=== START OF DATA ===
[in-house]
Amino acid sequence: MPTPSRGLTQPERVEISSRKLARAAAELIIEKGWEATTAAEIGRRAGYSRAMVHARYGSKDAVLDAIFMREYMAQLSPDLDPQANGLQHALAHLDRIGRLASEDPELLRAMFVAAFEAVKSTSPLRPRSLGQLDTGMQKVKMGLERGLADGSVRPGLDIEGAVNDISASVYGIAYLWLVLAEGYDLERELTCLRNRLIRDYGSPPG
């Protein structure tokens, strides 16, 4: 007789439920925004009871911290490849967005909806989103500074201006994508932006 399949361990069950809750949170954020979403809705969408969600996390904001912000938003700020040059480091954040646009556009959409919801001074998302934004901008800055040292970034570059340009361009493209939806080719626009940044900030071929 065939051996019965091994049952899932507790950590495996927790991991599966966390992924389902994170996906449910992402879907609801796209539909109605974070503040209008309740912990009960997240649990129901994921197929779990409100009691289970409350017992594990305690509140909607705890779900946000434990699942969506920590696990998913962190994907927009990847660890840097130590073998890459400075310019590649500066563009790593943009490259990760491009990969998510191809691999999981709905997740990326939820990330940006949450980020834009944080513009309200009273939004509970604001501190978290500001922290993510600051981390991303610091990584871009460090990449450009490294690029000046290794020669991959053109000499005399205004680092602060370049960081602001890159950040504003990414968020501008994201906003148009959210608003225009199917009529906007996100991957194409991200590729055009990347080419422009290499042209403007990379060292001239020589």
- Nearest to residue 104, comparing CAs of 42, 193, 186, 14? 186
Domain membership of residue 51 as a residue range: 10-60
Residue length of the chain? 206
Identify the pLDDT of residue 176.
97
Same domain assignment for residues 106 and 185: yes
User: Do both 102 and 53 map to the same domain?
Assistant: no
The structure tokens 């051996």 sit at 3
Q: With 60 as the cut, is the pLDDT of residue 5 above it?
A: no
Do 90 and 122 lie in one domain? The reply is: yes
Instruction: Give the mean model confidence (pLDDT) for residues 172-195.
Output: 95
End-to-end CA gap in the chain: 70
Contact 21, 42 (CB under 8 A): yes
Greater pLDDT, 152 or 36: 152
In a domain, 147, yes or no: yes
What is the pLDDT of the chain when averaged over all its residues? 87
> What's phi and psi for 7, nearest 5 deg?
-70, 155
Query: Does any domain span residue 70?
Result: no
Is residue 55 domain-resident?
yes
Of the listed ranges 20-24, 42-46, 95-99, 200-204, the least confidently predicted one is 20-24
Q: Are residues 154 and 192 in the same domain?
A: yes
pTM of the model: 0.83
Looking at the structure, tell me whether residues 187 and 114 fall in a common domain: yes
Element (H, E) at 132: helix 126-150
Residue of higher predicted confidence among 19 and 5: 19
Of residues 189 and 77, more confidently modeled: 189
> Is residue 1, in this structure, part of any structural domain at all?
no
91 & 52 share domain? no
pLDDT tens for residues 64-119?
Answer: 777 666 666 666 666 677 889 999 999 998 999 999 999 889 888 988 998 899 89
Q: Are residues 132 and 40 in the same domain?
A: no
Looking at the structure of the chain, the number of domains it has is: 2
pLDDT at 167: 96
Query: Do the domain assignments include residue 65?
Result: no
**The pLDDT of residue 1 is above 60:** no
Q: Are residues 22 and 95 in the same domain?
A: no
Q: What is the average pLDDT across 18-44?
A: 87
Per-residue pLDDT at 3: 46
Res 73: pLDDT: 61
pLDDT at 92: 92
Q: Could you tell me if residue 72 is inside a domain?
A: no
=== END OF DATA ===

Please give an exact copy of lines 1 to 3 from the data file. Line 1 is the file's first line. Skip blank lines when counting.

[in-house]
Amino acid sequence: MPTPSRGLTQPERVEISSRKLARAAAELIIEKGWEATTAAEIGRRAGYSRAMVHARYGSKDAVLDAIFMREYMAQLSPDLDPQANGLQHALAHLDRIGRLASEDPELLRAMFVAAFEAVKSTSPLRPRSLGQLDTGMQKVKMGLERGLADGSVRPGLDIEGAVNDISASVYGIAYLWLVLAEGYDLERELTCLRNRLIRDYGSPPG
């Protein structure tokens, strides 16, 4: 007789439920925004009871911290490849967005909806989103500074201006994508932006 399949361990069950809750949170954020979403809705969408969600996390904001912000938003700020040059480091954040646009556009959409919801001074998302934004901008800055040292970034570059340009361009493209939806080719626009940044900030071929 065939051996019965091994049952899932507790950590495996927790991991599966966390992924389902994170996906449910992402879907609801796209539909109605974070503040209008309740912990009960997240649990129901994921197929779990409100009691289970409350017992594990305690509140909607705890779900946000434990699942969506920590696990998913962190994907927009990847660890840097130590073998890459400075310019590649500066563009790593943009490259990760491009990969998510191809691999999981709905997740990326939820990330940006949450980020834009944080513009309200009273939004509970604001501190978290500001922290993510600051981390991303610091990584871009460090990449450009490294690029000046290794020669991959053109000499005399205004680092602060370049960081602001890159950040504003990414968020501008994201906003148009959210608003225009199917009529906007996100991957194409991200590729055009990347080419422009290499042209403007990379060292001239020589």